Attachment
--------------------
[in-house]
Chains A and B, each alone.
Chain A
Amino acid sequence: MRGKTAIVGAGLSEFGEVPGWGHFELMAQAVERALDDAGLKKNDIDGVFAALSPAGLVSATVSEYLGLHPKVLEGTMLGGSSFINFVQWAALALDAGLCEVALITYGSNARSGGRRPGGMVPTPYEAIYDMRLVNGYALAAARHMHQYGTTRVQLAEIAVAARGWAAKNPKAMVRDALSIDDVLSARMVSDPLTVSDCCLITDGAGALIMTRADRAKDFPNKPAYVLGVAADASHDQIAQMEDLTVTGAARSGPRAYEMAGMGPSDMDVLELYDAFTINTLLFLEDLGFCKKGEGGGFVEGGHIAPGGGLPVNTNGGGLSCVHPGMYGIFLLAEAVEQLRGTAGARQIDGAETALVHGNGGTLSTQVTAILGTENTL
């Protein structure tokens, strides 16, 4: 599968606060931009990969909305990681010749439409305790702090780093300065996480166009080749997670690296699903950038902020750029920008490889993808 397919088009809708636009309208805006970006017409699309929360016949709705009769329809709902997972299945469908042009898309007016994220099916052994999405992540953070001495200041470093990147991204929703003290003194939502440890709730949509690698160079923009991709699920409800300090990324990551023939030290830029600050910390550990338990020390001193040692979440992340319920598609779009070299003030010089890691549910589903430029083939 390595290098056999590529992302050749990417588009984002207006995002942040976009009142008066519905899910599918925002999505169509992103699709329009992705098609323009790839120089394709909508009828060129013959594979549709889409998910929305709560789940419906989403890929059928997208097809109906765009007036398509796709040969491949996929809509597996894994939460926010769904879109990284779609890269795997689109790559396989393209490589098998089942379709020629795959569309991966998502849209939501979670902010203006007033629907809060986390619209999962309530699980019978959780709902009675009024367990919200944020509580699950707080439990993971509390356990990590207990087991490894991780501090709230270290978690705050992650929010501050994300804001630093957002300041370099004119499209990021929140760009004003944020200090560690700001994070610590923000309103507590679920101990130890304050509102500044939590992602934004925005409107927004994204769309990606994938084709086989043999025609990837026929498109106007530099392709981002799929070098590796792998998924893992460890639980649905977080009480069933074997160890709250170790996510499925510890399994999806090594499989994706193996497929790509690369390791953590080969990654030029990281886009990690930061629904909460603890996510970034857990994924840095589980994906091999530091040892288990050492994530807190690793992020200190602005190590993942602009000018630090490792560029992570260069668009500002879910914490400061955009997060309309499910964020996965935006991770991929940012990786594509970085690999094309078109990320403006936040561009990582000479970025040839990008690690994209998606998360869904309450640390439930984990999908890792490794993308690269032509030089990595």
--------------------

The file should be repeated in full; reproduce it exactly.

[in-house]
Chains A and B, each alone.
Chain A
Amino acid sequence: MRGKTAIVGAGLSEFGEVPGWGHFELMAQAVERALDDAGLKKNDIDGVFAALSPAGLVSATVSEYLGLHPKVLEGTMLGGSSFINFVQWAALALDAGLCEVALITYGSNARSGGRRPGGMVPTPYEAIYDMRLVNGYALAAARHMHQYGTTRVQLAEIAVAARGWAAKNPKAMVRDALSIDDVLSARMVSDPLTVSDCCLITDGAGALIMTRADRAKDFPNKPAYVLGVAADASHDQIAQMEDLTVTGAARSGPRAYEMAGMGPSDMDVLELYDAFTINTLLFLEDLGFCKKGEGGGFVEGGHIAPGGGLPVNTNGGGLSCVHPGMYGIFLLAEAVEQLRGTAGARQIDGAETALVHGNGGTLSTQVTAILGTENTL
């Protein structure tokens, strides 16, 4: 599968606060931009990969909305990681010749439409305790702090780093300065996480166009080749997670690296699903950038902020750029920008490889993808 397919088009809708636009309208805006970006017409699309929360016949709705009769329809709902997972299945469908042009898309007016994220099916052994999405992540953070001495200041470093990147991204929703003290003194939502440890709730949509690698160079923009991709699920409800300090990324990551023939030290830029600050910390550990338990020390001193040692979440992340319920598609779009070299003030010089890691549910589903430029083939 390595290098056999590529992302050749990417588009984002207006995002942040976009009142008066519905899910599918925002999505169509992103699709329009992705098609323009790839120089394709909508009828060129013959594979549709889409998910929305709560789940419906989403890929059928997208097809109906765009007036398509796709040969491949996929809509597996894994939460926010769904879109990284779609890269795997689109790559396989393209490589098998089942379709020629795959569309991966998502849209939501979670902010203006007033629907809060986390619209999962309530699980019978959780709902009675009024367990919200944020509580699950707080439990993971509390356990990590207990087991490894991780501090709230270290978690705050992650929010501050994300804001630093957002300041370099004119499209990021929140760009004003944020200090560690700001994070610590923000309103507590679920101990130890304050509102500044939590992602934004925005409107927004994204769309990606994938084709086989043999025609990837026929498109106007530099392709981002799929070098590796792998998924893992460890639980649905977080009480069933074997160890709250170790996510499925510890399994999806090594499989994706193996497929790509690369390791953590080969990654030029990281886009990690930061629904909460603890996510970034857990994924840095589980994906091999530091040892288990050492994530807190690793992020200190602005190590993942602009000018630090490792560029992570260069668009500002879910914490400061955009997060309309499910964020996965935006991770991929940012990786594509970085690999094309078109990320403006936040561009990582000479970025040839990008690690994209998606998360869904309450640390439930984990999908890792490794993308690269032509030089990595």